Setting the stage for his maiden Budget, finance minister Arun Jaitley on Wednesday tabled the Economic Survey FY14 in Parliament, featuring the government’s plan to unleash the economy’s productive capacity with an impressive array of reforms, ranging from the farm sector to infrastructure financing, energy and taxation. Leading by example, Jaitley may announce a central goods and service tax (CGST) that combines excise duty and service tax as a precursor to a full-fledged GST where principal state taxes would also be eventually subsumed.
“Once CenGST is implemented and the information technology system for it has worked, (revenue) estimation risk will be lower and it will be easier for the Centre and the states to move to the GST,” said the survey.
Written by a team of senior economists at the finance ministry, this edition of the annual survey tended to be more realistic in its assessment of the state of the economy and prognostication than several previous ones — “a reversion to a growth rate of 7-8% can occur beyond the ongoing and the next fiscal” — and lamented the “resource preemption”by the government that constrains external financing for the private sector.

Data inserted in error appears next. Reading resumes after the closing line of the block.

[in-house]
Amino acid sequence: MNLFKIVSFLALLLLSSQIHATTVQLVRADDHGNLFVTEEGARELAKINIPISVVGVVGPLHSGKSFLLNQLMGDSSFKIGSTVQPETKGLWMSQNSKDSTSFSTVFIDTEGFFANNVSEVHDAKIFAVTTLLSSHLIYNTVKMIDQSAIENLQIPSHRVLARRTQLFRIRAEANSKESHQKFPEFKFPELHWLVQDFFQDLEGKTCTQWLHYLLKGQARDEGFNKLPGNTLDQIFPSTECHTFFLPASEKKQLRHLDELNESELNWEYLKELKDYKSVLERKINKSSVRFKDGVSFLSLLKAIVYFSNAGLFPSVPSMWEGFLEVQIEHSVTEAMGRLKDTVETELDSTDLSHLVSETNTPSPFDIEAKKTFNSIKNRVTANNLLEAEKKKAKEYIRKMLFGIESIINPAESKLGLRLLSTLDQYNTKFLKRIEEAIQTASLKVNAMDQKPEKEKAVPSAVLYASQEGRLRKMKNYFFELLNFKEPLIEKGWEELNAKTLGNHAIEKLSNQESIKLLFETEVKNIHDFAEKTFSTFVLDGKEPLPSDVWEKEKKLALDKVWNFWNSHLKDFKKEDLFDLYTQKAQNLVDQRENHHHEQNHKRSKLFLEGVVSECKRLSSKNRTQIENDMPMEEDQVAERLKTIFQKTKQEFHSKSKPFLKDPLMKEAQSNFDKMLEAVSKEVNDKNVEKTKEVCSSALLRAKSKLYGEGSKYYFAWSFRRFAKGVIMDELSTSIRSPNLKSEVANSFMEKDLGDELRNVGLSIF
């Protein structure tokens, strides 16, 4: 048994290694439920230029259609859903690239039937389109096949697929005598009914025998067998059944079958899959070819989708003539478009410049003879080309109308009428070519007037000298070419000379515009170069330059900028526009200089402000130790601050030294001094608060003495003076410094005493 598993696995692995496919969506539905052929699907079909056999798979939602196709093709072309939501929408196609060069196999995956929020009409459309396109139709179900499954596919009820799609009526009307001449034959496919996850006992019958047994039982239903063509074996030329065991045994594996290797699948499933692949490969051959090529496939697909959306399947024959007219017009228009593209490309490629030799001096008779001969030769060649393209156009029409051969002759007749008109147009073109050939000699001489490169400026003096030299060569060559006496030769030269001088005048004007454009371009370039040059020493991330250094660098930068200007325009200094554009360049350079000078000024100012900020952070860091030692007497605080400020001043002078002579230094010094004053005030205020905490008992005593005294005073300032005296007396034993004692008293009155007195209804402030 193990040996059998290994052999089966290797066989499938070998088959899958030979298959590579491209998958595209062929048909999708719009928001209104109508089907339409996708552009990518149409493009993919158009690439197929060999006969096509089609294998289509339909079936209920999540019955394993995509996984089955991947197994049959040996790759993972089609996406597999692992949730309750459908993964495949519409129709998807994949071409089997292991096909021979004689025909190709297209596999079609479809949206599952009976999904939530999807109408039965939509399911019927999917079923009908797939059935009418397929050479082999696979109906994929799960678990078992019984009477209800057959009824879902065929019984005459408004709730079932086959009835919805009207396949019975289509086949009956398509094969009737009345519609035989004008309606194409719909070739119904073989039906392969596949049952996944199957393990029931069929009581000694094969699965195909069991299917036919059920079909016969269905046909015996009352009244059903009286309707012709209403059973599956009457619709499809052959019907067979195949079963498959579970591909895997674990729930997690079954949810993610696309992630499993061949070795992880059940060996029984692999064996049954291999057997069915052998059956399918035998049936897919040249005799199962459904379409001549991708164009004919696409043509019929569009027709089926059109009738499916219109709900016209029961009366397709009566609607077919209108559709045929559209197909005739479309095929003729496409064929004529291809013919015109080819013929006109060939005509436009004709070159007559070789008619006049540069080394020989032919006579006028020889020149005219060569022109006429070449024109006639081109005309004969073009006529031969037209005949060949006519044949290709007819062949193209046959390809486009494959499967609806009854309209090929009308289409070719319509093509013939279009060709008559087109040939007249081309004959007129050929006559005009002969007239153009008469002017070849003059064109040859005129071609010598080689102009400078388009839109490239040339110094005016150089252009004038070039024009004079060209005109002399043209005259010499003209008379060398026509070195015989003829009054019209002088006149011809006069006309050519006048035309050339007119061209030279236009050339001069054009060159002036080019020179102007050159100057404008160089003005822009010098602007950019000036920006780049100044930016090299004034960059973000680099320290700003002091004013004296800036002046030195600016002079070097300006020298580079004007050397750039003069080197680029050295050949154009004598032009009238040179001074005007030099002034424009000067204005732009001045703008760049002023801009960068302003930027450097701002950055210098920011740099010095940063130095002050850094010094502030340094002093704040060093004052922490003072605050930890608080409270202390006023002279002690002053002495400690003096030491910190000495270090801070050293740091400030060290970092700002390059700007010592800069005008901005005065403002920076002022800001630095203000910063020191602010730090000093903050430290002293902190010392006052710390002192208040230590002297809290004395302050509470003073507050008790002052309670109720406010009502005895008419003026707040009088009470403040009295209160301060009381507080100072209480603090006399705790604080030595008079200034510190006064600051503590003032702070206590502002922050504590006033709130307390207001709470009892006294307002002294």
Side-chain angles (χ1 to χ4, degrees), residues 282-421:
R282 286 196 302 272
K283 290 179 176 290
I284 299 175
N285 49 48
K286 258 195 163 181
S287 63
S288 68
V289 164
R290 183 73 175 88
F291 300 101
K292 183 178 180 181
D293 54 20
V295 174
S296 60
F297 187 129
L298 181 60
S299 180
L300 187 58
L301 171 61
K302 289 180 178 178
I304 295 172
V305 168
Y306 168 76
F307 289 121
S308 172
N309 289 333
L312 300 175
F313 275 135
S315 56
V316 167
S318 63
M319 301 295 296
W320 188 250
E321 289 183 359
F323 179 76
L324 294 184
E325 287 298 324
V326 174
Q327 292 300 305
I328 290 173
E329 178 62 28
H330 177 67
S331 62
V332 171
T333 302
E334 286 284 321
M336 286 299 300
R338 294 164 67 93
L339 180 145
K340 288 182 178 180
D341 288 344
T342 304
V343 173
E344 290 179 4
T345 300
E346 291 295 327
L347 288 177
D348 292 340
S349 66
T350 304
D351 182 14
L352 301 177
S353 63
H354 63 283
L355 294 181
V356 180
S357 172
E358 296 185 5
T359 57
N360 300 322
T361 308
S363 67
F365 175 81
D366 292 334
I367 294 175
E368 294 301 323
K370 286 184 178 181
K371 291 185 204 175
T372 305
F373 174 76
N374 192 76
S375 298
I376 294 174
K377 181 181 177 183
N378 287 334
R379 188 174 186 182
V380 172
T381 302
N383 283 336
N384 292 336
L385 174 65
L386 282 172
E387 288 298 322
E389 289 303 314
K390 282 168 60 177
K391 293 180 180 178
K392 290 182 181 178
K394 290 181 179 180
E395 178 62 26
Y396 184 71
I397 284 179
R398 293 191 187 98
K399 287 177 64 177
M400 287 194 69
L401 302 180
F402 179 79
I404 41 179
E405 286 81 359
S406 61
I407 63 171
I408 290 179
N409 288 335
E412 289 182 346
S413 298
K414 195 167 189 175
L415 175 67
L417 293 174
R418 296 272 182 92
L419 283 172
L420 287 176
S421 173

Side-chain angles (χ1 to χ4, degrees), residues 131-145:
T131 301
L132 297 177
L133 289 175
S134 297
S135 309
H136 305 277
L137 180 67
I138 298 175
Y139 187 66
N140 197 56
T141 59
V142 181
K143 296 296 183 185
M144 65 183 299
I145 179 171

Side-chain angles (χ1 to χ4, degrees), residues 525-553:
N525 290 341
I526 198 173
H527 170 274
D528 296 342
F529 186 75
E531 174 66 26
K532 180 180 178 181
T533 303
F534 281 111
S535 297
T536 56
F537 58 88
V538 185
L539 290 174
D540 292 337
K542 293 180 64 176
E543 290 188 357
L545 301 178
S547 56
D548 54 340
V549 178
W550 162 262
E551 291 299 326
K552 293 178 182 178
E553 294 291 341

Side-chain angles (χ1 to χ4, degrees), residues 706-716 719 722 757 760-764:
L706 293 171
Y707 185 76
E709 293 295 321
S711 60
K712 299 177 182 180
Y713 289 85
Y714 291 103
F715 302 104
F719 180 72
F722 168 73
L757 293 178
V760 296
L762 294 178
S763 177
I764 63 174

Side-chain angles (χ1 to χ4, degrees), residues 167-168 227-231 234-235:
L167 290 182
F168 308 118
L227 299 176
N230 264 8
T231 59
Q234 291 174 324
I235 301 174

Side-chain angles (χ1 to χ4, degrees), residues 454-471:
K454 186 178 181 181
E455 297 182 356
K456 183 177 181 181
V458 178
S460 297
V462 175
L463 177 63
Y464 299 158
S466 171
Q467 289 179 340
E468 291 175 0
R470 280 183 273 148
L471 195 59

It pitched for new fiscal prudence legislation with teeth (the extant one, enacted in 2003, has been virtually violated several times as the previous two governments went with political expediencies), while admitting that last year's fiscal deficit reduction (to 4.5% of GDP) was achieved with “lower-than-expected expenditure”. This, analysts said, signalled that Thursday's Union Budget would likely revise the deficit estimates for FY14 upwards to present a less concealed picture of central government finances. Stating that the fiscal situation of the central government is “worse than it appears”, the survey said the situation warranted a fresh thinking on a responsible fiscal policy framework. “The modified FRBM Act needs to take into account business cycles and to have penalties that are strong enough so that it can’t be ignored,” it said.
According to the survey, the country needed to urgently revamp its major social sector schemes, including on rural jobs, health and education, as outlays for them are not being translated into outcomes because of a poor delivery mechanism. It also proposed a greater role for private players and detection of pilferage and ghost beneficiaries through effective use of technology. The country's corporate tax rate of 30%, the survey said, could be brought down